On August 9th, 1969, Charles Manson made known to the world what the power of his madness was, unleashing his delirious followers in one of the most atrocious crimes of the 60s. Their absurd violence ended the life of Sharon Tate, the baby she had in her tummy and four more people: Steven Parent, Jay Sebring, Wojciech Frykowski and Abigail Folger.
In those days Sharon Tate was waiting for her husband’s return from Europe, for the imminent birth of their firstborn, which would have taken place within a couple of weeks. The young actress, after years of fleeting television and film appearances, had succeeded in 1965 to get some important part and, frequenting more often the London jet set, she met Roman Polanski, whom she married in 1968.
From London, Polanski’s spouse decided to move to Los Angeles, in Terry Melcher’s villa, son of Doris Day and companion of Candice Bergen, who gave availability to friends for his home on Heaven Drive. Melcher’s role in the music industry would have been crucial in the development of the tragedy: Charles Manson, eager to break in as a musician, approached the producer for an audition with Columbia, but he didn’t succeed.
In Manson’s distorted mind, the villa in which Melcher lived (where he already tried to break in before the murders) was the symbol of the refusal that society had always paid him. So he decided to unleash his vengeance against his occupants , whoever they were.
But who was Charles Manson? After years of getting in and out of prison, in 1967 the Family’s future leader was surrounded by a growing number of boys, who slowly became subjugated by his charisma. All together, they began to roam around the USA without apparent destination. As the group grew, at the same pace increased the control exercised by what was increasingly becoming the Father Master of a real sect, managed with taurine doses of LSD and various drugs.
When they were about fifty people, the group finally stopped near Los Angeles, dedicating themselves, besides launching the leader’s musical career, also to robberies and other criminal activities. When Charles Manson realized that his dream of becoming an artist would never materialize, he decided release all his frustration by appointing four of his most loyal companions to avenge his wounded pride in the worst way: the murder.
Charles Watson, Susan Atkins, Linda Kasabian and Patricia Krenwinkel went to the villa where Tate and her friends Jay, Wojciech and Abigail were spending the evening. First they cut off the telephone cables and then climbed over the fence that limited the property of the villa. As they approached the entrance, they came across Steven Parent, a very young door-to-door trader, who had been a guest of the building keeper and was coming back home: four gunshots put an end to the life of the unfortunate boy.
While Kasabian was waiting outside, Watson and the other two girls broke in the villa: Sebring, who had been tied by the neck to Sharon Tate, pleaded to leave alive at least the young pregnant woman and was the first to be killed, with several stab wounds and gunshots; after him it was the turn of Frykowski, who managed for a moment to break free, but did not go beyond a short scuffle before being killed; then they passed to his fiancée, Abigail, who was stabbed several times. Sharon Tate was the last to be massacred by his tormentors, suffering sixteen stab wounds, which killed her and her child. Before leaving the villa, now reduced to a slaughterhouse, Watson wrote “pig” on the front door and “Helter Skelter” in the mirror of the bathroom, with the blood of his victims.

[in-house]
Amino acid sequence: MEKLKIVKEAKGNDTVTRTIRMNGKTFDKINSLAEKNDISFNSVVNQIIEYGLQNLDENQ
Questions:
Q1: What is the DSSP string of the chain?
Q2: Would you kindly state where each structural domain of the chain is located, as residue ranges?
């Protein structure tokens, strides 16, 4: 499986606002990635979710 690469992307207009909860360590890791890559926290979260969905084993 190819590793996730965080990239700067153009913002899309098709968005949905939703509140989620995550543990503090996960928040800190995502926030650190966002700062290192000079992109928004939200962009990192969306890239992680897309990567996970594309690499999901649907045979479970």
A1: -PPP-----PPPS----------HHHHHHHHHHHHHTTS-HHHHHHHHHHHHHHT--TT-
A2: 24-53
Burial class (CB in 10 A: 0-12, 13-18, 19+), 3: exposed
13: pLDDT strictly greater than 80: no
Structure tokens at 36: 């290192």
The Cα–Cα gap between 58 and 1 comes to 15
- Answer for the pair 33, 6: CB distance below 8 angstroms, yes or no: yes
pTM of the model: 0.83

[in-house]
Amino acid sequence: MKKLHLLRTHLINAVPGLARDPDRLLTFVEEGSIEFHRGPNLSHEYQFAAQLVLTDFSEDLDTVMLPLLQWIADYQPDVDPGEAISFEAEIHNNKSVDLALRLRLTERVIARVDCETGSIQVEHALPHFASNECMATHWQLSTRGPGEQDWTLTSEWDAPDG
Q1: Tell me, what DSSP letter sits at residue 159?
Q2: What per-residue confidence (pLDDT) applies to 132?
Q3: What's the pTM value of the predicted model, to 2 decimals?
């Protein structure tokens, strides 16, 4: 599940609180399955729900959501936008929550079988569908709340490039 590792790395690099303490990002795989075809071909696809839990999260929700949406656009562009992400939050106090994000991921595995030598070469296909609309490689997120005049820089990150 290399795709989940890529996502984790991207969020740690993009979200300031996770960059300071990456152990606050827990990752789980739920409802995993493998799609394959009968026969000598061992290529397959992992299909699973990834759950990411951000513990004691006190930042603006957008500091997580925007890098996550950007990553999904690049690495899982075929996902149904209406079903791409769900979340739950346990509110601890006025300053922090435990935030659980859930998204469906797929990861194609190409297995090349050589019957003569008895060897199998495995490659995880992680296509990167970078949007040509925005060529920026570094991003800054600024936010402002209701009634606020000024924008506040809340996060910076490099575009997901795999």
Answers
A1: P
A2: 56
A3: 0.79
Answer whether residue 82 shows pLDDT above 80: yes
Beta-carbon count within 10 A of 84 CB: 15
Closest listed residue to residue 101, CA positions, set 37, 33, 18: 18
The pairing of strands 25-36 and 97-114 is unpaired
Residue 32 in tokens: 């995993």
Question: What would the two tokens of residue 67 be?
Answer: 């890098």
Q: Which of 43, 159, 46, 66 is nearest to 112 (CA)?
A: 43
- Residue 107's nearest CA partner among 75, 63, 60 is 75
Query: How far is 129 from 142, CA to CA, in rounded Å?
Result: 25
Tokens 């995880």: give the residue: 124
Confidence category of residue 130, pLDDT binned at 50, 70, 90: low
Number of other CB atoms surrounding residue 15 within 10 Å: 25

The investigators discovered the murders only the following morning, when the service personnel discovered the bodies: at the beginning the investigations focused on the only survivor, the caretaker Garretson, which employed a long time to divert the attentions of the police, even passing the test of the truth machine.
The next day, Manson personally led his followers to the execution of another crime, killing LaBianca and his wife in an even more violent manner than only a few hours before. This time, the Family wrote “Healter Skelter” (with a clear spelling mistake) with the blood of the victims, while “Death To Pigs” and “Rise” had been written in the living room. These writings eventually brought the police to consider the two massacres related to each other and to stop Charles Manson’s criminal escalation in the end of 1969: he and all his followers were sentenced to death in 1971, with penalty commuted to life imprisonment in 1972.
The compulsive pursuit of fame, clearly impossible to reach by canonical way, insinuating in Manson’s insane mind the idea that perhaps the easiest way to achieve it was to devote himself to ruthless and cruel murder: he thought he was leaving his signature in the various references to Beatles songs, of which he had always been a big fan (Helter Skelter, Piggies). His obsession ended many innocent lives, victims unaware of his delusional machinations: among them was a child who never saw the light and was buried in the arms of his beautiful mother.